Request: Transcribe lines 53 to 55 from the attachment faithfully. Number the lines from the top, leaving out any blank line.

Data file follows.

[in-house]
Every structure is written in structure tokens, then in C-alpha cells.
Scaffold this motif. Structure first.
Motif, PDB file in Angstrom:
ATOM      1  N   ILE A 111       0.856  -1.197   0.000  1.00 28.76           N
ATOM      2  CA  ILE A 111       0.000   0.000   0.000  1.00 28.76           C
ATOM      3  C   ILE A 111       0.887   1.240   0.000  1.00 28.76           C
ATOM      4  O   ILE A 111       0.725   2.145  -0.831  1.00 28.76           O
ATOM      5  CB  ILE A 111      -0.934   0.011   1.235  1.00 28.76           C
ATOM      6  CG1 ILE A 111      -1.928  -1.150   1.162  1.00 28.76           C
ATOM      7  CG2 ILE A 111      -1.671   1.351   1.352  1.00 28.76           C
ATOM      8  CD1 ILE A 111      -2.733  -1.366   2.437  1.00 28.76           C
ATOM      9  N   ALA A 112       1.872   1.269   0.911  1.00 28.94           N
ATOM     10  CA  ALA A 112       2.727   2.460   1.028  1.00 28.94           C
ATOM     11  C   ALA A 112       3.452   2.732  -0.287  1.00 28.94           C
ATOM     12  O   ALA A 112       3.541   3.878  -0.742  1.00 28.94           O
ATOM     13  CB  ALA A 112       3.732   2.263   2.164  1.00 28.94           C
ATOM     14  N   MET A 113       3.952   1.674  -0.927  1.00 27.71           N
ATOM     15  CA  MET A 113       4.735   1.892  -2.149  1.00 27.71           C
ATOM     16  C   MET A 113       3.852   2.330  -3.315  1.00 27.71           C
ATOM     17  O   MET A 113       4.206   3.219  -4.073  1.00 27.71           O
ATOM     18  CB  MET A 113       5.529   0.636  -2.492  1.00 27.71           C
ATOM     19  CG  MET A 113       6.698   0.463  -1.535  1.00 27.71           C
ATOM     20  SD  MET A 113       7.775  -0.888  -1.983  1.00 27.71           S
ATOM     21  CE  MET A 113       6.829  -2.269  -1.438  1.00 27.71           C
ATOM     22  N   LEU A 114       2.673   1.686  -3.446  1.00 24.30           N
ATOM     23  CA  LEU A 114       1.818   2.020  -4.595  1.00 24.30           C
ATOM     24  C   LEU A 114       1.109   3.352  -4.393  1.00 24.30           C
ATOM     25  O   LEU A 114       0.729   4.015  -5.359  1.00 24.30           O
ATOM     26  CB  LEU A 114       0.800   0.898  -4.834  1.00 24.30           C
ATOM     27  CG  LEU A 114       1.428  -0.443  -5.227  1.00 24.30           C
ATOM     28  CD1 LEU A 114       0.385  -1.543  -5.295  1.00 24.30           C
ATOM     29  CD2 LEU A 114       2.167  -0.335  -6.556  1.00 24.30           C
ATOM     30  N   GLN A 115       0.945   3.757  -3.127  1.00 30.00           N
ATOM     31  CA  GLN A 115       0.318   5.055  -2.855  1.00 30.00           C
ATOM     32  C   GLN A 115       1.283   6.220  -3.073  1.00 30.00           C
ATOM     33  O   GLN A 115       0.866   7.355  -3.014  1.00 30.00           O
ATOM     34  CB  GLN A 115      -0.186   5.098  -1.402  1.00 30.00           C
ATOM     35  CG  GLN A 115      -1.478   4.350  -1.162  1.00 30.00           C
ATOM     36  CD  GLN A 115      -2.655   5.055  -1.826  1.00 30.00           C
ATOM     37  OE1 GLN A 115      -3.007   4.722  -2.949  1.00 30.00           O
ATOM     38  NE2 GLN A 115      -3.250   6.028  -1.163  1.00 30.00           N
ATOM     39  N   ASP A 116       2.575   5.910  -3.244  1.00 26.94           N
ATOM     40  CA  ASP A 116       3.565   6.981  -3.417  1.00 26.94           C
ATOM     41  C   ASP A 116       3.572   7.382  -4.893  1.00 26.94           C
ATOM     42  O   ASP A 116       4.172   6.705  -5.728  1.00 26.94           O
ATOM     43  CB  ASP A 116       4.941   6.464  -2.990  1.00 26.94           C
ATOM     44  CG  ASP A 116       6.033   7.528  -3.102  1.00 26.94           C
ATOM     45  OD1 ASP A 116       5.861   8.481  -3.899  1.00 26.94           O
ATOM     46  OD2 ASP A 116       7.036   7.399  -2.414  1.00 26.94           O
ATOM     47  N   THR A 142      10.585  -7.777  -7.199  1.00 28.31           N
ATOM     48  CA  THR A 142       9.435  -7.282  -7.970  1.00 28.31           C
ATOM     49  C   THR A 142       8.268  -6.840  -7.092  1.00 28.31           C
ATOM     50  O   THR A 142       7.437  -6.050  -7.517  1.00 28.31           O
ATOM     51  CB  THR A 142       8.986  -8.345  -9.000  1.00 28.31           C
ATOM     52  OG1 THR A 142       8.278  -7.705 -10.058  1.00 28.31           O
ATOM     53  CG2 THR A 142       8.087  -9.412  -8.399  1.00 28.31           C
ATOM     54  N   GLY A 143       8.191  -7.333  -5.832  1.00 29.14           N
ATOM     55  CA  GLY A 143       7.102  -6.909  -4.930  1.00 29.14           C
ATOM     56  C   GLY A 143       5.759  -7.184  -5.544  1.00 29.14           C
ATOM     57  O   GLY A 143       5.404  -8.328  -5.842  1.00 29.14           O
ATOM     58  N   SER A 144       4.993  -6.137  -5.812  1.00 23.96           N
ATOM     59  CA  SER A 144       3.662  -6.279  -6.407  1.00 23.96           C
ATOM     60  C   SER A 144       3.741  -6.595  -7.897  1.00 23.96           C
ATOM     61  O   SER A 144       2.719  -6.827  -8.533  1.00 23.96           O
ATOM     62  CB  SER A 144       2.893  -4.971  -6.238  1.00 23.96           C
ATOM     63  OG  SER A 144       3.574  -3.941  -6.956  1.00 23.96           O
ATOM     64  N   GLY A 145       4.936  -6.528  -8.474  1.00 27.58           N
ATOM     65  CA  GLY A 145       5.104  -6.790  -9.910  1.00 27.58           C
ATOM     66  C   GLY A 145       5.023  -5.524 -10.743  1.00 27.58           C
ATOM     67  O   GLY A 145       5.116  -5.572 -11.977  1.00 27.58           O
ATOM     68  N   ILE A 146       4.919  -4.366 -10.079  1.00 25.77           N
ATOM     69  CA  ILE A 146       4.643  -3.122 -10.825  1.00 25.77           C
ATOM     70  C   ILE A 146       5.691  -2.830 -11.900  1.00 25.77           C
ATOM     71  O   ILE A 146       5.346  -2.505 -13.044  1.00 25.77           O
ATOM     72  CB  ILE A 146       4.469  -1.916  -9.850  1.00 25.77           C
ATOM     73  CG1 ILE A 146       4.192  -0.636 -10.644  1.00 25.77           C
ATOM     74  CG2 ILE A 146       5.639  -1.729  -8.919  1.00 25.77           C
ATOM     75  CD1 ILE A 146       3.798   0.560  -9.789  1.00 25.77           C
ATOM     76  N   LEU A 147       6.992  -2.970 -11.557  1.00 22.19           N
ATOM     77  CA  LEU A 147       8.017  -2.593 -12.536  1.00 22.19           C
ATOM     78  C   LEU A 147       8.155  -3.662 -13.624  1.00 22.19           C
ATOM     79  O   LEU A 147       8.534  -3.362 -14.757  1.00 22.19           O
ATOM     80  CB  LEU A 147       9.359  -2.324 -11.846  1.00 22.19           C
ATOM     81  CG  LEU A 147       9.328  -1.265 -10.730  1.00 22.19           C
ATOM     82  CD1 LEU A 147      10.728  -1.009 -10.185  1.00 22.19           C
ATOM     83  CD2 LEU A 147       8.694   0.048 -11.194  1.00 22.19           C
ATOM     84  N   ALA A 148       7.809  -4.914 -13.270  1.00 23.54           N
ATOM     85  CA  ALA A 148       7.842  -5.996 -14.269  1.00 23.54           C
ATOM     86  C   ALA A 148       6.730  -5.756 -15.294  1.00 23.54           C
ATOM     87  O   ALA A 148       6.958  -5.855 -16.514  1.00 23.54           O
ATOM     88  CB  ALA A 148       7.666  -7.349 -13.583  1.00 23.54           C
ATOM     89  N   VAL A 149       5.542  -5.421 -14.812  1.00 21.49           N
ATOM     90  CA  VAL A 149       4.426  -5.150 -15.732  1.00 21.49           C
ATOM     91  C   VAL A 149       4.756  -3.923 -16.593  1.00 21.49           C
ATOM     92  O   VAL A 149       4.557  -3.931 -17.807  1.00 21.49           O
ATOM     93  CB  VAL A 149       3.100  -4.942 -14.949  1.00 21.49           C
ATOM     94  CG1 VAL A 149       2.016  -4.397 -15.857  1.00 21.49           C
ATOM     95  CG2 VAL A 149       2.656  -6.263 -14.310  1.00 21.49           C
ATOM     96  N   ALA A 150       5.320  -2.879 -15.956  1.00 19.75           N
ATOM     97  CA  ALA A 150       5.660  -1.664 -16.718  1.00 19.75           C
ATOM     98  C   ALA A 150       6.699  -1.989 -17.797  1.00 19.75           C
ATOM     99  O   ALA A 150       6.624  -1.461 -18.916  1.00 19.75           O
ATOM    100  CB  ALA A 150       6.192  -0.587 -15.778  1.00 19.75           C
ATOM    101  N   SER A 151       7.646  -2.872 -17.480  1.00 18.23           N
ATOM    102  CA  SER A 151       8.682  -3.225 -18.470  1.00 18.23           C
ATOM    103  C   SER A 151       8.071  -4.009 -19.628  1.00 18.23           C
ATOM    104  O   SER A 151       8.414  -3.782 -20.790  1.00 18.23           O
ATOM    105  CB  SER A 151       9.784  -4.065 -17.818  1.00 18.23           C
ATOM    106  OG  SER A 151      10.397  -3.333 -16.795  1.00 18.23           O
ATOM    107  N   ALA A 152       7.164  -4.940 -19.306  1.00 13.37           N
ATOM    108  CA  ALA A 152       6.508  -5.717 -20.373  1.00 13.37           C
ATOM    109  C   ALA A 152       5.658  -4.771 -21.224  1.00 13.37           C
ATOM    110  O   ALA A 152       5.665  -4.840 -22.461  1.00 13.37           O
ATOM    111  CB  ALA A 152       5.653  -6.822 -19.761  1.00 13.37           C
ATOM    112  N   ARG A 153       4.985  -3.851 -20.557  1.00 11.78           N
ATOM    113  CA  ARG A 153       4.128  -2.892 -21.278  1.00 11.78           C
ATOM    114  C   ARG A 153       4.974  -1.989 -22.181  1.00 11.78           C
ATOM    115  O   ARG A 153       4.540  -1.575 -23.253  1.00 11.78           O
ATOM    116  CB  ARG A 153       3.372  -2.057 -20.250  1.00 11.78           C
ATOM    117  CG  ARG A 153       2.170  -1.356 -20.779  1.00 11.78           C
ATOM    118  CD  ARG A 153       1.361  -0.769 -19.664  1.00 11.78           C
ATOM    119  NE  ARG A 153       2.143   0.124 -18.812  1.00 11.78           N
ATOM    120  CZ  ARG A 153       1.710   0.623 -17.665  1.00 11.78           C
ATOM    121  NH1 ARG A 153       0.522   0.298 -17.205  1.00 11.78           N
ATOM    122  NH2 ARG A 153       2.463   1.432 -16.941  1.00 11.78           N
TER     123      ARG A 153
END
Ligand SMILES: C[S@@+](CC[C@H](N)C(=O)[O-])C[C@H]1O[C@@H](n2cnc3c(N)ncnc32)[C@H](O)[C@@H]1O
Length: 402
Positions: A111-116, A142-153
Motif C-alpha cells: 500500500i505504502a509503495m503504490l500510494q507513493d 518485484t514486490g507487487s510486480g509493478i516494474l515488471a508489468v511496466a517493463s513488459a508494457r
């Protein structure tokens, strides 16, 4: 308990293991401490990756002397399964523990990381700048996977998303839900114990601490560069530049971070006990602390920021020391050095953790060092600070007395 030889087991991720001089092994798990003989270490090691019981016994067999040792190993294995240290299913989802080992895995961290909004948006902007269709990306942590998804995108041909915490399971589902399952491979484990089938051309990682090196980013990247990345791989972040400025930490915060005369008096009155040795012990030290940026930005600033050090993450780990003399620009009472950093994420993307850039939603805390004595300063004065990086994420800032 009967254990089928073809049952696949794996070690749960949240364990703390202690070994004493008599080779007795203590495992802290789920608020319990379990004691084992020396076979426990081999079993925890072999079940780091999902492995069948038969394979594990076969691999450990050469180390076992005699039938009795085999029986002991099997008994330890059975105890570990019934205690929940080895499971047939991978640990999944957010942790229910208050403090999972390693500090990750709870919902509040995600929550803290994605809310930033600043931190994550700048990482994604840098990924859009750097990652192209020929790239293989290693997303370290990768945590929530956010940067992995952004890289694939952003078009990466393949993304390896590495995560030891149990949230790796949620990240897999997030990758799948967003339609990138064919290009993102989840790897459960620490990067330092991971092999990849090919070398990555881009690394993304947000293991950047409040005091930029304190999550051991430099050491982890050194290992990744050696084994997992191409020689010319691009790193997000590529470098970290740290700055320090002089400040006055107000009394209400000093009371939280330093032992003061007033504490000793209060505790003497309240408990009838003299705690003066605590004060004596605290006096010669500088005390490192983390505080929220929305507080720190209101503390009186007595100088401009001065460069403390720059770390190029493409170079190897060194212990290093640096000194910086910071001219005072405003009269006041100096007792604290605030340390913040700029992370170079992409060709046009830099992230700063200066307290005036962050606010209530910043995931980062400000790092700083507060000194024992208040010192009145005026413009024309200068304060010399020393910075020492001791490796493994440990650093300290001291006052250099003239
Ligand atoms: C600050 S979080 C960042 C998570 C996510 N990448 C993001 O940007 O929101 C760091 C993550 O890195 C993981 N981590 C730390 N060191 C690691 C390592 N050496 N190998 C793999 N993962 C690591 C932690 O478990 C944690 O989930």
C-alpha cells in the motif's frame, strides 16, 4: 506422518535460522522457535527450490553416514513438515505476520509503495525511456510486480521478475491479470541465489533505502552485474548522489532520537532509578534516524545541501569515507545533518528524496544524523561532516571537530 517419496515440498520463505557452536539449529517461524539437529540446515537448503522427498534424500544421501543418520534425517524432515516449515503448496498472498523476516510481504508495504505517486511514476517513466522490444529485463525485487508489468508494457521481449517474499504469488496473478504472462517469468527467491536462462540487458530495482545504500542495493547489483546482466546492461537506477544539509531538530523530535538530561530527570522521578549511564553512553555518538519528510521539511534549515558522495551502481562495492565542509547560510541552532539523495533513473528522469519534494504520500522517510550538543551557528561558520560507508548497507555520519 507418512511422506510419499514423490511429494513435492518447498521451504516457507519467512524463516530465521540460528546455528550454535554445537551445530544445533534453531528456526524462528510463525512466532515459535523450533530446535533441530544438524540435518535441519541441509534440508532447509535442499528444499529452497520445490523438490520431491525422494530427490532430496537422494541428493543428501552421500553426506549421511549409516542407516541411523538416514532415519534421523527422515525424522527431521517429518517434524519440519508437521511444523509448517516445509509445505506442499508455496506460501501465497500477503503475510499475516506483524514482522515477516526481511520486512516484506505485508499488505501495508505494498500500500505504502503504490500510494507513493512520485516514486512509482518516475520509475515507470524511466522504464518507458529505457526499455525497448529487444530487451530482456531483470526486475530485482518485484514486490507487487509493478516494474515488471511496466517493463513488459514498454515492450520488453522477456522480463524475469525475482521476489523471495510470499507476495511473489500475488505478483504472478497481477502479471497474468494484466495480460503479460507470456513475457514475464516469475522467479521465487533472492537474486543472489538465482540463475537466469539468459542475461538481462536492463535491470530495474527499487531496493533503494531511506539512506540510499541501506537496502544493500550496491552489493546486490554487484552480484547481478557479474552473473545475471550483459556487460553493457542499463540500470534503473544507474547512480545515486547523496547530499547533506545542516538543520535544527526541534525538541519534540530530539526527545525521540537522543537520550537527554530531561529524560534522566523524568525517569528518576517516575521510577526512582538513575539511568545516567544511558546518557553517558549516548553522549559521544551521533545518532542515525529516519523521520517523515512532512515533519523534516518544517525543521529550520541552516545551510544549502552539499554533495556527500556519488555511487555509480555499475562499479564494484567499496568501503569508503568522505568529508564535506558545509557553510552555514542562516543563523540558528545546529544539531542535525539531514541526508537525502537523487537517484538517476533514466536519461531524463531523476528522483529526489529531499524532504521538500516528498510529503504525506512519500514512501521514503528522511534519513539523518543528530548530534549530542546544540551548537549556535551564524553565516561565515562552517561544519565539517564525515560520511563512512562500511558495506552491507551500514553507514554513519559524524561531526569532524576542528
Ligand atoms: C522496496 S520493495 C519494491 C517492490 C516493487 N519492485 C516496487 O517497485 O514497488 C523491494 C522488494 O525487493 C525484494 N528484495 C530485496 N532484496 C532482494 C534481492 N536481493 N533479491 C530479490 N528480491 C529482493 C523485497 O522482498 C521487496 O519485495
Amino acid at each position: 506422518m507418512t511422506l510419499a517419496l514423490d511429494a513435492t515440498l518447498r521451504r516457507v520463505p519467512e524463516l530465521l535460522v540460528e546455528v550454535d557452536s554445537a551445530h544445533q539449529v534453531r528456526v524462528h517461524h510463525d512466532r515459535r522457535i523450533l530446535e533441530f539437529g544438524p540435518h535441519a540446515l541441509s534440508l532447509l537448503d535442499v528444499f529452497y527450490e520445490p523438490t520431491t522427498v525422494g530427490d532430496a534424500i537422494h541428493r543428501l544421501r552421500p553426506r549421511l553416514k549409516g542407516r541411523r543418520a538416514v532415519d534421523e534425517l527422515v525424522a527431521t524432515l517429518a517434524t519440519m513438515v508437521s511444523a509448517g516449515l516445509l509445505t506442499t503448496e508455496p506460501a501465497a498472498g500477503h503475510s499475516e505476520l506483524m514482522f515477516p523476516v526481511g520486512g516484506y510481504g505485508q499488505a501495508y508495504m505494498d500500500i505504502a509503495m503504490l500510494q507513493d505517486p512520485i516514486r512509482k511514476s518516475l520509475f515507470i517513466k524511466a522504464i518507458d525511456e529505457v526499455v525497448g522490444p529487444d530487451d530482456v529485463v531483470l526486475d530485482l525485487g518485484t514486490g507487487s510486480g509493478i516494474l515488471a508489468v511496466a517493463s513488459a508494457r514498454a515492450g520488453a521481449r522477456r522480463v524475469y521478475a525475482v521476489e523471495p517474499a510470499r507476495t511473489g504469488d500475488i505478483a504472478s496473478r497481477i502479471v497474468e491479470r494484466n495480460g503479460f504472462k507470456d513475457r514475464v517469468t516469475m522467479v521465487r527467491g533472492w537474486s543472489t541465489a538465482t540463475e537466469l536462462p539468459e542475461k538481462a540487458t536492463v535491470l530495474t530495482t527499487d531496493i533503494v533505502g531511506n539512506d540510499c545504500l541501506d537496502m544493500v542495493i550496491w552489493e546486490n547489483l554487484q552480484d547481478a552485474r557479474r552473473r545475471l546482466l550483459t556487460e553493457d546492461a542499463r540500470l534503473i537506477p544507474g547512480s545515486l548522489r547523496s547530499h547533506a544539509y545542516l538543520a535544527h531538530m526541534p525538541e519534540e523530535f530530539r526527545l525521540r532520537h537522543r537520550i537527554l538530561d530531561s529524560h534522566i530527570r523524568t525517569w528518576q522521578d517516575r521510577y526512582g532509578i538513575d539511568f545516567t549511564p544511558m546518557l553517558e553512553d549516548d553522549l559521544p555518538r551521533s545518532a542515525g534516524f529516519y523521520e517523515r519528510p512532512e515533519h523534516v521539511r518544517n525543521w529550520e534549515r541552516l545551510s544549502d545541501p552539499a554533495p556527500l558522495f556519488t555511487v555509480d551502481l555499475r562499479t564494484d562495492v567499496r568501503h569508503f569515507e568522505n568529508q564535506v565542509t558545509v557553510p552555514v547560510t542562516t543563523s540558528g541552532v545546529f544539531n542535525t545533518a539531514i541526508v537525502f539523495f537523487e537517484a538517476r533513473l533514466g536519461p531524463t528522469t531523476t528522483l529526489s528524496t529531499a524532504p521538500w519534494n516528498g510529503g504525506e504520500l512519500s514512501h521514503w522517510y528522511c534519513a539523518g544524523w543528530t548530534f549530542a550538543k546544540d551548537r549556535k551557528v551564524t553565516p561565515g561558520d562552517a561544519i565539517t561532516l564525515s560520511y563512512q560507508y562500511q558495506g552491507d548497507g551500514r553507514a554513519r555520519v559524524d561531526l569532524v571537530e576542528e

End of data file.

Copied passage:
ATOM     49  C   THR A 142       8.268  -6.840  -7.092  1.00 28.31           C
ATOM     50  O   THR A 142       7.437  -6.050  -7.517  1.00 28.31           O
ATOM     51  CB  THR A 142       8.986  -8.345  -9.000  1.00 28.31           C